Traditionally, Breton cider in a cup would accompany this wheat fest!

For a Galette, you’ll need " ( makes about 24)
Recipes vary of course this is just one I have followed

500g buckwheat flour
4 dessertspoons of plain flour
1 egg
1 teaspoon of salt
1 cup of milk
40cl cold water
2 dessertspoons of oil

Sieve the flour into a large bowl. Make a well in the centre and add the egg and salt. Mix well. Whisk in milk and 5cl water. Add the oil and leave to rest for up to 24 hours but one hour is fine. Some people like to prepare crêpes/galettes, leaving one side less-well cooked than the other.

To cook
Turn the batter. Heat a non-stick pan, put a light knod of butter in
(swirl the pan to distribute the melting butter ; the pan must be hot
enough to hear the butter fry but not too hot for the butter must not
get brown !), pour a small laddle of batter on the pan while swirling it
to distribute the batter evenly (this is the important trick !).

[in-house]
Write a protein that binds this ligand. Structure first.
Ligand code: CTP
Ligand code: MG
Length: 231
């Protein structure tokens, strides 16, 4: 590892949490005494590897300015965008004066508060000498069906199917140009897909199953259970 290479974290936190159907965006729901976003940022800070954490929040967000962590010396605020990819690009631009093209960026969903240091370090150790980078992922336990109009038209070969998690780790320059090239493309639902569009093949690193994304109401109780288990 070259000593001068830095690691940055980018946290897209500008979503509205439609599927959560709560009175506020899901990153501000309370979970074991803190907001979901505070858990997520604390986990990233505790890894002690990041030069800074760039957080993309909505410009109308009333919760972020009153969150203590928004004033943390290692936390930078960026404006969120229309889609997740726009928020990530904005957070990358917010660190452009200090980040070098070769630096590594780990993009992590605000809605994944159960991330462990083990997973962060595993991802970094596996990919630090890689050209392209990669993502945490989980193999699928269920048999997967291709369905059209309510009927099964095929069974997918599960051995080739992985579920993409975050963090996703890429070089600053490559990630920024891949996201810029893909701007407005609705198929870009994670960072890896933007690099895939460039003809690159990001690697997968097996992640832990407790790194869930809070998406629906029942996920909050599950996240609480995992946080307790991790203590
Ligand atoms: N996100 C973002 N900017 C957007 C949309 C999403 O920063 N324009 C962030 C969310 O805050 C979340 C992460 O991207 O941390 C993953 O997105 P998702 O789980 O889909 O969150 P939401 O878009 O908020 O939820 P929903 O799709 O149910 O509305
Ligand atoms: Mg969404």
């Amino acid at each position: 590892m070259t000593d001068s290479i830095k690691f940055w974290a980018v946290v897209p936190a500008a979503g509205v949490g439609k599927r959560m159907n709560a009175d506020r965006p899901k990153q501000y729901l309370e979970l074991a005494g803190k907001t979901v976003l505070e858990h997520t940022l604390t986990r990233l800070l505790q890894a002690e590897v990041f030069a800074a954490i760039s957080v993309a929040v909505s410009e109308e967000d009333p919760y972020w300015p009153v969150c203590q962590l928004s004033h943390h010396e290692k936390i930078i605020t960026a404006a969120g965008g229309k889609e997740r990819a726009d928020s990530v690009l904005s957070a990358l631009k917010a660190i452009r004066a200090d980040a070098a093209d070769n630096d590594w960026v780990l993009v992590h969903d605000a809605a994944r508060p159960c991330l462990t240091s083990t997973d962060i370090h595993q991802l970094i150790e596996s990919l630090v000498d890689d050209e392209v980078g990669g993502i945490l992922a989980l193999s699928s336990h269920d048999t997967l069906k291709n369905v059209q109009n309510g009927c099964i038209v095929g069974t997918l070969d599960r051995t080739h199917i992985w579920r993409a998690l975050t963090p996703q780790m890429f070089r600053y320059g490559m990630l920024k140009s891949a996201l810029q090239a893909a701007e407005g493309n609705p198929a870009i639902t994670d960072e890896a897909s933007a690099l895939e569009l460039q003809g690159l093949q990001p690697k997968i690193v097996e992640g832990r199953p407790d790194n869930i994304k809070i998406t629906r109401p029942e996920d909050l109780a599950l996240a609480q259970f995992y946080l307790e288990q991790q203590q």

Don't forget crepes must be very thin ! Cook until golden brown, turn
the crepe upside down and cook the other side the same way.
Do that again for each crepe.

You can prepare fillings in advance, cook the galette (less cooked-side down) and place on a preheated pan and garnish. Once garnished, reheat gently, fold and serve immediately.

However, some people cook the galettes completely, leave to cool, brush with melted butter, garnish, fold and reheat in a preheated oven (200°C) for about 6 minutes. The advantage here is that they can be prepared in advance and reheated. Also, everyone can enjoy eating them at the same time!

MY FAVOURITE FILLING……. Galettes Forestière

600g mushrooms, chopped
60g butter, melted
1 onion, chopped
1 clove garlic, crushed
1 tablespoon chopped parsley
4 teaspoon cream

1. Melt a little butter in a pan. Add the onion and sauté for 5 minutes. Add mushrooms and garlic and continue cooking until mushrooms are cooked. Throw in the parsley. Spread the rest of the melted butter on the galettes. Add the mushroom mix and a teaspoon of cream.
2. Fold the outer parts of the galette into the centre, forming a square. Reheat in a preheated oven (200°C) for 6 minutes.